The Federal Trade Commission (FTC) has released their newest .com disclosure guidelines, the first new release since the year 2000. It takes them a long, long time to update this document, and they never really say anything all that groundbreaking. The general message is that the same guidelines that apply to traditional advertising mediums apply to the net, so your affordable SEO company is safe. There is only one piece of really noticeable news that jumped out to people so far, and that pertains to Twitter.
We always loved reading free eBooks when we were learning the trade, and this year we made it a point to start releasing our own. We did the research, pulled from our own experience, grabbed a designer, and put together some eBooks we’re really proud of. We never released them in a single place before though, so here is the list of free eBooks from Wikimotive, covering everything from social media to small business SEO services. You can get any of them you’d like for free by following the links below. If you want the whole library, you can shoot Sean Haney an email and he’ll send you the big file directly.
Thanks for reading!
Google’s newest patent will prove to be both beneficial and terrifying to users, which is just about par for the course for the search engine juggernaut. It involves tracking you wherever you go and then collating and analyzing that data for personal identification trends. Creepy? For sure. Useful for Business SEO and social media? You betcha. [Read more...]
Marketing on Pinterest seems to become more viable every day, and that’s no accident. Pinterest has been doing their best to compete with other social networks, looking to edge into a market full of people Marketing with Twitter and Facebook. Is it truly worth your time (and your money) though, or is it just Pinterest generating hype for themselves? Let’s take a look at an infographic that sheds a little light on the situation.
If there’s one thing you can say about the Reddit community, it’s that they have a sharp sense of humor. The king of social news sites hit another milestone this week when the biggest subreddit, r/funny, surpassed the 3 million subscriber mark. The second biggest subreddit, r/pics, is not far off and will hit the same mark in the next couple of weeks.
Every year, we select the “best year ever” recipient. It’s the social website that made the best gains, contributed the most to social media as a whole, and demonstrated trends that meant they were going to continue moving forward in the coming year. winners in the past included:
We’re four and a half months into the new version of Digg. The social news site that was once the darling of technology and business bloggers alike had seen a dramatic downturn in traffic and users over the previous couple of years and there was a lot of excitement about the potential rejuvenation of the site. What came shortly afterwards was a flurry of criticism, a dramatic drop in traffic due to the scrapping of millions of pages that had been indexed in Google, and a loss of individuality – users were no longer really users that engaged with the site. The “social celebrity” status that many such as MrBabyMan and LouieBaur had achieved through years of work were destroyed by the new site “as if millions of voices suddenly cried out in terror and were suddenly silenced.”
This is Part 5 in a 5 part series. Please read the previous posts first or none of this will really make any sense.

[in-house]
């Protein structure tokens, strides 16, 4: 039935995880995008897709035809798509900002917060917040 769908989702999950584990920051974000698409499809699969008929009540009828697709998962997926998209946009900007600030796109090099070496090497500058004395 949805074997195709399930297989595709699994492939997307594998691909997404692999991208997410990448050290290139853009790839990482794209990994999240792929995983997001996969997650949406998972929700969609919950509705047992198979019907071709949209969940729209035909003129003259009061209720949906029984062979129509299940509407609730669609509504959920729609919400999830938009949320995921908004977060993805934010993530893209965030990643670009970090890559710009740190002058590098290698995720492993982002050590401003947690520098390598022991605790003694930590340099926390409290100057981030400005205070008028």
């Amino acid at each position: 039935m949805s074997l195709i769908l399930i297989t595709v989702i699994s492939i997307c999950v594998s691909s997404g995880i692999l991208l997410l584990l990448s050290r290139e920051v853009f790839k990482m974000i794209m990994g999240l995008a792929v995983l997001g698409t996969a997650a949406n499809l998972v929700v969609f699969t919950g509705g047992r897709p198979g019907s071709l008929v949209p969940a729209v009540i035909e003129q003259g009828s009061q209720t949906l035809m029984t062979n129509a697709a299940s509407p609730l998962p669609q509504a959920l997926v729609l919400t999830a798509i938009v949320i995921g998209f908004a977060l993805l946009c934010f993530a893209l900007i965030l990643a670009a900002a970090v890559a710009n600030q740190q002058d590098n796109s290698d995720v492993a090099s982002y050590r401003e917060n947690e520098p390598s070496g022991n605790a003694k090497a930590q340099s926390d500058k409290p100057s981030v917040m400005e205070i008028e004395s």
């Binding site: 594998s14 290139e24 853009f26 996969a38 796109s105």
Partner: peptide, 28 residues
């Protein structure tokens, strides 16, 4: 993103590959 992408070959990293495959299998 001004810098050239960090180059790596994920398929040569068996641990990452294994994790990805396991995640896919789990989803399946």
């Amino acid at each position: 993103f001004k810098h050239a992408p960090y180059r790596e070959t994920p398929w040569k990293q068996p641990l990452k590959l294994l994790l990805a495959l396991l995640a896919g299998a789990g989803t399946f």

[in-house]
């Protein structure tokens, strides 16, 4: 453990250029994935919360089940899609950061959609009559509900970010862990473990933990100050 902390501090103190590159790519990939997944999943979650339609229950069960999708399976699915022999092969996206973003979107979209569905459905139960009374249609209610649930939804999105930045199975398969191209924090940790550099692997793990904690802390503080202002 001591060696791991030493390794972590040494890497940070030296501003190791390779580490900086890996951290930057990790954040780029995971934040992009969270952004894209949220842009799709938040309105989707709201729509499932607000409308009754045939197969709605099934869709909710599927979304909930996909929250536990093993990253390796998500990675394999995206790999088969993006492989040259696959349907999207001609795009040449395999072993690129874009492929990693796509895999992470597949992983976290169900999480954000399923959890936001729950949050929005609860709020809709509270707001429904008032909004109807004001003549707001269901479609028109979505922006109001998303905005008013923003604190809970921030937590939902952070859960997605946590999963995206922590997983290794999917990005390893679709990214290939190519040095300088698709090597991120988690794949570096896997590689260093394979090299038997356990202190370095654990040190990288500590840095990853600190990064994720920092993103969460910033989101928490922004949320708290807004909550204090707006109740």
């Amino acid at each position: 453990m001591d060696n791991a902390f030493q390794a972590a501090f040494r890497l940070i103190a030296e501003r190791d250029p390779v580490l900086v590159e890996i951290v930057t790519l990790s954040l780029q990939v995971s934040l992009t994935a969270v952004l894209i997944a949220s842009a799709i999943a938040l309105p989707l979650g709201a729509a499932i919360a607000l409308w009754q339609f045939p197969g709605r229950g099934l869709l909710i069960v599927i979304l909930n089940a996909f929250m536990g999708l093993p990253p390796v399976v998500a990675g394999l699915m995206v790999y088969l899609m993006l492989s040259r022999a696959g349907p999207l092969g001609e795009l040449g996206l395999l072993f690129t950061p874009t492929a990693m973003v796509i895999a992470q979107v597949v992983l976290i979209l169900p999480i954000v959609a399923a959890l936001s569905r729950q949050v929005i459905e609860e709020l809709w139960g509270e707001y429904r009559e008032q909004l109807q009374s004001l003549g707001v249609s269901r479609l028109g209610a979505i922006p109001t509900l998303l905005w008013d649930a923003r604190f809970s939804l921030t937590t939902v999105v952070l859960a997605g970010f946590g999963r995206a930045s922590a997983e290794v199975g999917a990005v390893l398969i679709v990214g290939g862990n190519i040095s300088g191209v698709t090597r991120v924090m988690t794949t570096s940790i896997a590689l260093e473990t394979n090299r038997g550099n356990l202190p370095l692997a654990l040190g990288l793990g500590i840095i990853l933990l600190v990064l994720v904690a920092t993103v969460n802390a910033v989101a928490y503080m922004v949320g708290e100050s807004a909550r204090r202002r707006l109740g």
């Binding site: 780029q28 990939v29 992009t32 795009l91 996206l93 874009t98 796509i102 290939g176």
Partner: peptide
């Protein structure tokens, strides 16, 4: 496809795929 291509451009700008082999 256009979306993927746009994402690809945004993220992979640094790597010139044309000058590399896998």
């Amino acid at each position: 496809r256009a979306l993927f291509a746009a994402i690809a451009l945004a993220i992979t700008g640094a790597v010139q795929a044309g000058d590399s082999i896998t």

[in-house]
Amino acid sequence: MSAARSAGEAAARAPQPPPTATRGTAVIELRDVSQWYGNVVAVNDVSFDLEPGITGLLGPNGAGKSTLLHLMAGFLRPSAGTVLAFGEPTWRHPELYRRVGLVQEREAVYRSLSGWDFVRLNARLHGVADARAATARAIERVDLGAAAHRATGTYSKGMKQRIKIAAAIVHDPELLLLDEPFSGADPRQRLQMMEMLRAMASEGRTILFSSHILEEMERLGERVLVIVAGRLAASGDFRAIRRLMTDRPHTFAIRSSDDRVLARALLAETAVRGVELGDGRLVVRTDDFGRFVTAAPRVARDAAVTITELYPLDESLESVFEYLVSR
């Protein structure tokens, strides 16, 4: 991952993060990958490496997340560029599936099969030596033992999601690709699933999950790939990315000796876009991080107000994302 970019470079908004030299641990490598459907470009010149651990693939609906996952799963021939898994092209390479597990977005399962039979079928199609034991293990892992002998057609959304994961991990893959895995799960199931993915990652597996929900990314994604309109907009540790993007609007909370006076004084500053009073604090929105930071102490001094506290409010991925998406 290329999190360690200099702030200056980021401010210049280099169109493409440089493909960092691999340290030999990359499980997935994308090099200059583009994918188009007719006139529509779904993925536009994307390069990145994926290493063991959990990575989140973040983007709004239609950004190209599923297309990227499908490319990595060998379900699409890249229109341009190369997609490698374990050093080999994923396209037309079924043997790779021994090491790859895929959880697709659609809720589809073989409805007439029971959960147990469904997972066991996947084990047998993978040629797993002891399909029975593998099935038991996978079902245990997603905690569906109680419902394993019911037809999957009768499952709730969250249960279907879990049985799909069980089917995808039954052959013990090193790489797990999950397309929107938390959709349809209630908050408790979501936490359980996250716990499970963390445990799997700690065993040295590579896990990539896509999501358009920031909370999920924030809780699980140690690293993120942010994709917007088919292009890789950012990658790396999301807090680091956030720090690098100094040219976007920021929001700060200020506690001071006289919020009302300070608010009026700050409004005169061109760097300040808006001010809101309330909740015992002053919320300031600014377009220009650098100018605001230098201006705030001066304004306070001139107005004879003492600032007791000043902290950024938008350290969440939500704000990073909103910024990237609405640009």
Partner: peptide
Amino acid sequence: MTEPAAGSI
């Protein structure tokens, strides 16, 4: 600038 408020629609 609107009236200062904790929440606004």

- Part I: The Key to Search and Social in 2013 and Beyond
- Part II: Picking the Power Accounts at Your Dealership
- Part III: Building Your Dealership Power Accounts
- Part IV: Wielding Your Power Accounts Properly
There was a promise back in 2007 and 2008 that was made to businesses, particularly those with physical locations. It was clear that there was something about social media sites like MySpace, Delicious, Digg, and the up-and-coming Facebook that could be used to promote business activity in the real world. Fewer people were on it and most businesses either dabbled, waited, or dismissed it, but for those who dove in and really gave it a shot, the promise was that it could eventually become the most important part of online marketing. Some even said that it would replace websites altogether.
At first, there was a bit of shock. The shock turned to anger and disappointment. The disappointment turned to disbelief.
Most believed that when Betaworks bought Digg last month and announced plans to revamp the site completely, that they were getting a recognized domain and a good amount of traffic to go with it. Despite Digg’s fall over the last 3 years, it has always hovered on Alexa’s traffic rank between 120 and 190 worldwide. There were times that it would dip below 200 for a brief period but it was never ranked sub-200 on the standard 3 month scale.
Today, it officially has. Poor performance in the first 10 days of the Betaworks era at Digg have them ranked 203 on the Global Rank scale which accounts for the prior 3 months. What’s worse, it’s on pace to plummet much further. If the current trends continue (and there’s indication that Betaworks is making any changes other than tweaks to the current UI on the site) Digg will fall below 400 within the next 3 months. Its 7-day ranking is 466.
Much of this can be attributed to the decision to dump 14+ million pages of indexed content that had accumulated over the years. Others point to the decision to take the social components out of Digg, making submitting content virtually worthless and putting together a news aggregation page that is clearly moderated rather than voted on by the Digg community.
In fact, there really is no true “community” at Digg anymore. All accounts were deleted. All activity that users have performed over the years was removed. There is no longer a remnant of what the social media giant once was. In its current state, it’s a domain that many people still have bookmarked…